By Mike Dunn
PHILADELPHIA (CBS) – A Newtown Square, Pa. company wants to install high-tech, 3-D digital advertising devices on the sidewalks of Center City, though whether City Council goes along is unclear.READ MORE: Business Owner Hopes Philadelphia's Penn’s Landing Stays Safe Following Triple Shooting That Injured 3 Teenagers
Thaddeus Bartkowski of the firm “Catalyst Outdoor” is pitching what are called UEDs — for “urban experiential displays.” They’re basically electronic sculptures that would display advertising and public service information.
“What’s been created here are really high-tech functional works of art,” Bartowski said.
He is hoping for city approval to place at least four UEDs in specific Center City locations. His current plan would include UEDs at 19th and Market Streets, 12th and Arch Streets, near Broad and Walnut Streets and near the Convention Center at Broad and Race.
The objects would either be free-standing or attached to otherwise blank walls of parking garages. Bartkowski says 70-percent of the messages would be ads, the rest would be a mix of non-ad content.
“That would include original news, weather and infotainment, City of Philadelphia information, and non-profit information, along with public service announcements,” he said. “This would be the first implementation of its kind anywhere in North America.”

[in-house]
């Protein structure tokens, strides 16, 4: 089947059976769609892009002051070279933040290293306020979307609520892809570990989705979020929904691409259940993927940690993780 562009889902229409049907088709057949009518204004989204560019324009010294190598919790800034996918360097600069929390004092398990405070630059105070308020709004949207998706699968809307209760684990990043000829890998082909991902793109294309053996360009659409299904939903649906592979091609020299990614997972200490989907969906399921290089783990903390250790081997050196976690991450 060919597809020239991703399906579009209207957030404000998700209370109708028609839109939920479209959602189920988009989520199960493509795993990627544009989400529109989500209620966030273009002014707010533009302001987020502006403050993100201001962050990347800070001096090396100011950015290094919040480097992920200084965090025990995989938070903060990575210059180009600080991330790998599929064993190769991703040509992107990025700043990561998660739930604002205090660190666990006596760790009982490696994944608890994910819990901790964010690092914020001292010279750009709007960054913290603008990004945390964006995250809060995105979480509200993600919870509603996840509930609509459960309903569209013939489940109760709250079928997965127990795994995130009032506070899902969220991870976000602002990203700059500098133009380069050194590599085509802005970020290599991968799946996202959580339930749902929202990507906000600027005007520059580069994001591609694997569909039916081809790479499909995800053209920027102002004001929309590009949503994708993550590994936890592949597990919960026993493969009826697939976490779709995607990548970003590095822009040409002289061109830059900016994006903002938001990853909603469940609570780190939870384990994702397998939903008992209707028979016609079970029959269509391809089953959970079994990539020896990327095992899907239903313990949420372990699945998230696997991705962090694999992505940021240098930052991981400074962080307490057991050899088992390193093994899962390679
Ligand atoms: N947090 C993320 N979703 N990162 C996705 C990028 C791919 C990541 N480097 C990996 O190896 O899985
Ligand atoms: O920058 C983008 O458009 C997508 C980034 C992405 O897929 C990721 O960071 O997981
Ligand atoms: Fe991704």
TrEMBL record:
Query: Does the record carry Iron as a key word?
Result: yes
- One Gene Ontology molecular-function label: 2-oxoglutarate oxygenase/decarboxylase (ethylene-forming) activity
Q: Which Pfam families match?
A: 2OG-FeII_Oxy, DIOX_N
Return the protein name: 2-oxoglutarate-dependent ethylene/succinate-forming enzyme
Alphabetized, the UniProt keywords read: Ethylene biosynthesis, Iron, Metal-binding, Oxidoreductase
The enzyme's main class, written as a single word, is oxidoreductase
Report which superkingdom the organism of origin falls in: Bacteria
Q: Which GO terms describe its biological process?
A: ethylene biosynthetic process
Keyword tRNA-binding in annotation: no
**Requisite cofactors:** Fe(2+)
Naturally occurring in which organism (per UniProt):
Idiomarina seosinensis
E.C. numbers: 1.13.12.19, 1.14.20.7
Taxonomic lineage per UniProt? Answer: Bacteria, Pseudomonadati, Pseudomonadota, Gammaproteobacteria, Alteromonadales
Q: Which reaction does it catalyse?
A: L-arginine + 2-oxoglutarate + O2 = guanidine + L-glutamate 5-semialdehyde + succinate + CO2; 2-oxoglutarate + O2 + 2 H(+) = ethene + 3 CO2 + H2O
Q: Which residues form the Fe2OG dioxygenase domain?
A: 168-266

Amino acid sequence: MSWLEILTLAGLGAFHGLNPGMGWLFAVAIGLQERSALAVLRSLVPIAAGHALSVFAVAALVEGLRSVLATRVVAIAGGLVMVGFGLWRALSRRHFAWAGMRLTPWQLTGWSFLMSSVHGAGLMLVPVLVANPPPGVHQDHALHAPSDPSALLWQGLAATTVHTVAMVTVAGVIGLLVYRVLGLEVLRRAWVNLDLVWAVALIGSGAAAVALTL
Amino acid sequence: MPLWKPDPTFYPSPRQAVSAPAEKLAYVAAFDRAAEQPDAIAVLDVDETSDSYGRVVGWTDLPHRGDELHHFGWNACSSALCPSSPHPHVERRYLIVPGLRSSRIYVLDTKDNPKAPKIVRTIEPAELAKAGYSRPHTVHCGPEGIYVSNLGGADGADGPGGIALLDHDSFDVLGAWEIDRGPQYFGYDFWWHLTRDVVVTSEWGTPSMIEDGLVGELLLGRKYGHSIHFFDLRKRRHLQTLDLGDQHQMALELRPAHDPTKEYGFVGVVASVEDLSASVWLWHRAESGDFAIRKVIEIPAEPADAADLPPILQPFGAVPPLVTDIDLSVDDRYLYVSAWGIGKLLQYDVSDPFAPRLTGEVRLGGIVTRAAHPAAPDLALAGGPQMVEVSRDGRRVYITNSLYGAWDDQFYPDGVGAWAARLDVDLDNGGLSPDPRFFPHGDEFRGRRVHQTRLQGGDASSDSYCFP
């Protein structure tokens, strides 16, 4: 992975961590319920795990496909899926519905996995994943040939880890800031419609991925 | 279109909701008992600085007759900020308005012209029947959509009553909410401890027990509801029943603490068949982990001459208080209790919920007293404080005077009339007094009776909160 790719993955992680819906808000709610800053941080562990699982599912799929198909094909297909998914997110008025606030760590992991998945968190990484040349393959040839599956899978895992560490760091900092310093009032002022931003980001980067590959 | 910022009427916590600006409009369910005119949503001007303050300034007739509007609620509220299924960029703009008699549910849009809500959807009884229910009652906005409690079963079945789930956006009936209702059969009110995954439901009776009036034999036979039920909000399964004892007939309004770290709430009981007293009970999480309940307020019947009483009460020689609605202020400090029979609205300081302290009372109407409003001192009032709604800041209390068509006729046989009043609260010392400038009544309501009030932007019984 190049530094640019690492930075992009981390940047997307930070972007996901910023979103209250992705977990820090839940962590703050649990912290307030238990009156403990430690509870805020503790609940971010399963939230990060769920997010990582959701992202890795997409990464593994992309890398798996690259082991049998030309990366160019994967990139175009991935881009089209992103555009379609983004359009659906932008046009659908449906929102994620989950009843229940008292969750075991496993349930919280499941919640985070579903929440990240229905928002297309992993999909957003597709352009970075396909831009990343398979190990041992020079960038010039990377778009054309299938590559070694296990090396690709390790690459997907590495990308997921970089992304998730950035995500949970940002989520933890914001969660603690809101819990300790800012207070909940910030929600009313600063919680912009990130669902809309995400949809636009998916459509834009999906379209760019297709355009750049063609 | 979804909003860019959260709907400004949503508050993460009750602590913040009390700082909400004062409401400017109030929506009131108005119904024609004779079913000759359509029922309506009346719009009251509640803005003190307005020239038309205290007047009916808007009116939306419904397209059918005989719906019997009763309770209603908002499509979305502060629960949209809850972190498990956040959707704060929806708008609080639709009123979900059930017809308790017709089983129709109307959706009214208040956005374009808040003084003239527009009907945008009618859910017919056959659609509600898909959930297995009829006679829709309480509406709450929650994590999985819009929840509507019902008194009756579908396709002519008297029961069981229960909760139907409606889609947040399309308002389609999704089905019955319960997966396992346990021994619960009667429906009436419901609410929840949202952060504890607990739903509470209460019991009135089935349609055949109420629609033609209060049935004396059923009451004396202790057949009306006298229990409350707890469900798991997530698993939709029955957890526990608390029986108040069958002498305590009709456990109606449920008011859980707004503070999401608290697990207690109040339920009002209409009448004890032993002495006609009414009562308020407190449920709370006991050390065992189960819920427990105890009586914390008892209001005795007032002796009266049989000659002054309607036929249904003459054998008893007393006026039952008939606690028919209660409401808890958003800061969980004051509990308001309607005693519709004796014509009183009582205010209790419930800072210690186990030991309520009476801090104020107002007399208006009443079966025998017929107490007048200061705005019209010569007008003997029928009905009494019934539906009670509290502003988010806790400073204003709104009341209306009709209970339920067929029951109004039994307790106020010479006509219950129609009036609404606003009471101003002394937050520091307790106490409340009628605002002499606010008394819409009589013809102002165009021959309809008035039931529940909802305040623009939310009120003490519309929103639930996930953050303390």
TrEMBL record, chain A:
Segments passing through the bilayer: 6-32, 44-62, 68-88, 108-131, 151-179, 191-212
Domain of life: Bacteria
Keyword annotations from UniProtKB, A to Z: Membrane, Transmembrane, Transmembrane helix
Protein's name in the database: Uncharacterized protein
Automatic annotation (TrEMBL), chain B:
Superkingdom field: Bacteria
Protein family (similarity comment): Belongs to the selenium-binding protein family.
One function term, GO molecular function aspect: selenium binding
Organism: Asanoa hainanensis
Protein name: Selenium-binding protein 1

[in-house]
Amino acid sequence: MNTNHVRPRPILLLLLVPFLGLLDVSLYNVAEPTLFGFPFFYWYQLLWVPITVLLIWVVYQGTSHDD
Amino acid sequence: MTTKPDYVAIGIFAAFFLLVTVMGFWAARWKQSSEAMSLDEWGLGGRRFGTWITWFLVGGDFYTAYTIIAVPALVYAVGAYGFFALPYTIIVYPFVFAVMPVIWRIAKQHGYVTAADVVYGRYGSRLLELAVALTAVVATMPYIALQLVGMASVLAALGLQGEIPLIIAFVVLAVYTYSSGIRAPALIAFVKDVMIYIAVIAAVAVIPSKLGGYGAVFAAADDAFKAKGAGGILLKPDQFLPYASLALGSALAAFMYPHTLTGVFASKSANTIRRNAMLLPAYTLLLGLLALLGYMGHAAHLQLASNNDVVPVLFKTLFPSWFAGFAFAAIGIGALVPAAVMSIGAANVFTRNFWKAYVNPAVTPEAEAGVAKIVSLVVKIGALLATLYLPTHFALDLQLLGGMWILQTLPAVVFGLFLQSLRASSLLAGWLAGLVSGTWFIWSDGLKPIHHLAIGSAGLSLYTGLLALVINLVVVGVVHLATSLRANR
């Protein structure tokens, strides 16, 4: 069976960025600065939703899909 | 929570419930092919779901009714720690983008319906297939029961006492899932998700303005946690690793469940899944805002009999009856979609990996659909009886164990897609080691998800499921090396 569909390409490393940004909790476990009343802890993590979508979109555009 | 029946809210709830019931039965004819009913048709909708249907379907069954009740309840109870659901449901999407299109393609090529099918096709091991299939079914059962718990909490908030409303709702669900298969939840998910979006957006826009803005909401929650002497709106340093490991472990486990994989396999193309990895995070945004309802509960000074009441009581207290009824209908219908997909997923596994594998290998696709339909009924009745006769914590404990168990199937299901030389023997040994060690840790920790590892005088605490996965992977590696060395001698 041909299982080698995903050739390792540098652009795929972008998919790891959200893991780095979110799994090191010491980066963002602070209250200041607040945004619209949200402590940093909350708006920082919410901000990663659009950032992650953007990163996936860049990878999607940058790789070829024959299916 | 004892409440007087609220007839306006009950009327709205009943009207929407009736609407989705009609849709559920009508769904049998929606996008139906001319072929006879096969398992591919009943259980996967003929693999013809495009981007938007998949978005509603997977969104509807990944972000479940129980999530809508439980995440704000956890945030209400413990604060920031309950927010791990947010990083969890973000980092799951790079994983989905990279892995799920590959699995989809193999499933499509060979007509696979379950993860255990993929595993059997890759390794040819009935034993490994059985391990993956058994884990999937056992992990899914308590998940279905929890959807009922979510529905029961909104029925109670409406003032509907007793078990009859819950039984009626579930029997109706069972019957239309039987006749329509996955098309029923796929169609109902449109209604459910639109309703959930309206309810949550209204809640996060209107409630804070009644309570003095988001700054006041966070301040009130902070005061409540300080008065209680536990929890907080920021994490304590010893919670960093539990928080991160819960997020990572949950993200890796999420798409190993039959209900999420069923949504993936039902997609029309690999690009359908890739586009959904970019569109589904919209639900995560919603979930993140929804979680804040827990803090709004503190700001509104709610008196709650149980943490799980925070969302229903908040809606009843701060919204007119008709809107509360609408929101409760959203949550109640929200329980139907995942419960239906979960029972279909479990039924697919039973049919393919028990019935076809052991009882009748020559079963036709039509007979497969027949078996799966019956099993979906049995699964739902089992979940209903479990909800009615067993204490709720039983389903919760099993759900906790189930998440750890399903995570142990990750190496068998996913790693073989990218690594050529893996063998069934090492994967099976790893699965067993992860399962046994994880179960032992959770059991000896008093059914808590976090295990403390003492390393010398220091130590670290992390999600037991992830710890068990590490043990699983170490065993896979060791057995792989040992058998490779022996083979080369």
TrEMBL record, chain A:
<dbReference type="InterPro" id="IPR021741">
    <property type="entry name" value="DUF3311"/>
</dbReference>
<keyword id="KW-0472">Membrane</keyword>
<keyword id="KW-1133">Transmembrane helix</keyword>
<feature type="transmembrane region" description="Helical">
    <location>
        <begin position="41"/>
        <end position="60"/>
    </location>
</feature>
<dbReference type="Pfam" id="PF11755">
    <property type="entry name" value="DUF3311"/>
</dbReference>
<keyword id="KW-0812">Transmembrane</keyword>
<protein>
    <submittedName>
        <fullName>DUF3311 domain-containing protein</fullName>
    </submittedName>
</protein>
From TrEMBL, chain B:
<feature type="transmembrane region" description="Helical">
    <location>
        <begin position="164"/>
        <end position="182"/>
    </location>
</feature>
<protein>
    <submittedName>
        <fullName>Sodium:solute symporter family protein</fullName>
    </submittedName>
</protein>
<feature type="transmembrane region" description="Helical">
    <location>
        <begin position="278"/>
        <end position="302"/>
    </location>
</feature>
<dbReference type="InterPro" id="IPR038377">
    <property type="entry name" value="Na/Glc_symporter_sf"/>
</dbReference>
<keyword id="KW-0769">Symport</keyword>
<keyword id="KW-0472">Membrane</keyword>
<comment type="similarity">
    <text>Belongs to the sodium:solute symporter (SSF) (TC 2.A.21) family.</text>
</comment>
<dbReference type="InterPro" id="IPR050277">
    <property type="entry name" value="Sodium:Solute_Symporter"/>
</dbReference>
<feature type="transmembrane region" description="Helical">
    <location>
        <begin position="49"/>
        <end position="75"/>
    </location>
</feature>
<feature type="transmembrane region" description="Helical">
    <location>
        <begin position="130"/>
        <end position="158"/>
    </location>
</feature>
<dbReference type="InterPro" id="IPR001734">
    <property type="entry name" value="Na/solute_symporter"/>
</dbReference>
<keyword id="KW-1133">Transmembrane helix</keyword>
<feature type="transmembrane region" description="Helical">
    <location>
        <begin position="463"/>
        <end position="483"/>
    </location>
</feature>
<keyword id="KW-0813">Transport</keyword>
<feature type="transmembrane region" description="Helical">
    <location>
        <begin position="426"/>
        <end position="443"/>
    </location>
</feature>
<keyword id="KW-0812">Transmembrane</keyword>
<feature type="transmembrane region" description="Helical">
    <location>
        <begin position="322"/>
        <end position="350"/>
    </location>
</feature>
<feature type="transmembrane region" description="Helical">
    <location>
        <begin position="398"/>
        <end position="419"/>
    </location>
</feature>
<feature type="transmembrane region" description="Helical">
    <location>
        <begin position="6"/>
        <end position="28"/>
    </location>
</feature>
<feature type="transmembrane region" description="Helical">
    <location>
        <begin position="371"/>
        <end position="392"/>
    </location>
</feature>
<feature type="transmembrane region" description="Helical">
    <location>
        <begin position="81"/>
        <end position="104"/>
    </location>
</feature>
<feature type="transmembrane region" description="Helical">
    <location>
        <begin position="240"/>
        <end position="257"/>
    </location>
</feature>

Carl Primavera, attorney for Catalyst, says the technology takes advertising to a new level.
“You can have the message swirl, you can have one side with one message, one side with another message,” he said. “It’s really limitless in terms of the creativity.”READ MORE: Marple Township Police Asking For Public's Help To Find Missing Businessman
For example, the UED proposed for west Market Street could be shaped like an egg timer or hour glass.
“You can actually have the message start at the top and drip through like an egg timer.”
However the company’s plan faces bureaucratic hurdles, including the creation of a zoning overlay to allow the placement of such devices as well as approvals by Council, the mayor, the Planning Commission and the Art Commission for the specific installations.
Primavera is optimistic, but stresses this is far from a done deal.
“We do not believe anyone has been negative about the concept. I think people are intrigued. (But) obviously this has to be vetted very carefully.”
No city council member has yet agreed to introduce the legislation. A spokesperson for Council President Darrell Clarke, whose district includes Center City west of Broad, says that Clarke is “still reviewing this proposal and is engaged in discussions with interested community groups.”
As to if and when this legislation might be introduced, the spokesperson said “that has yet to be determined.”
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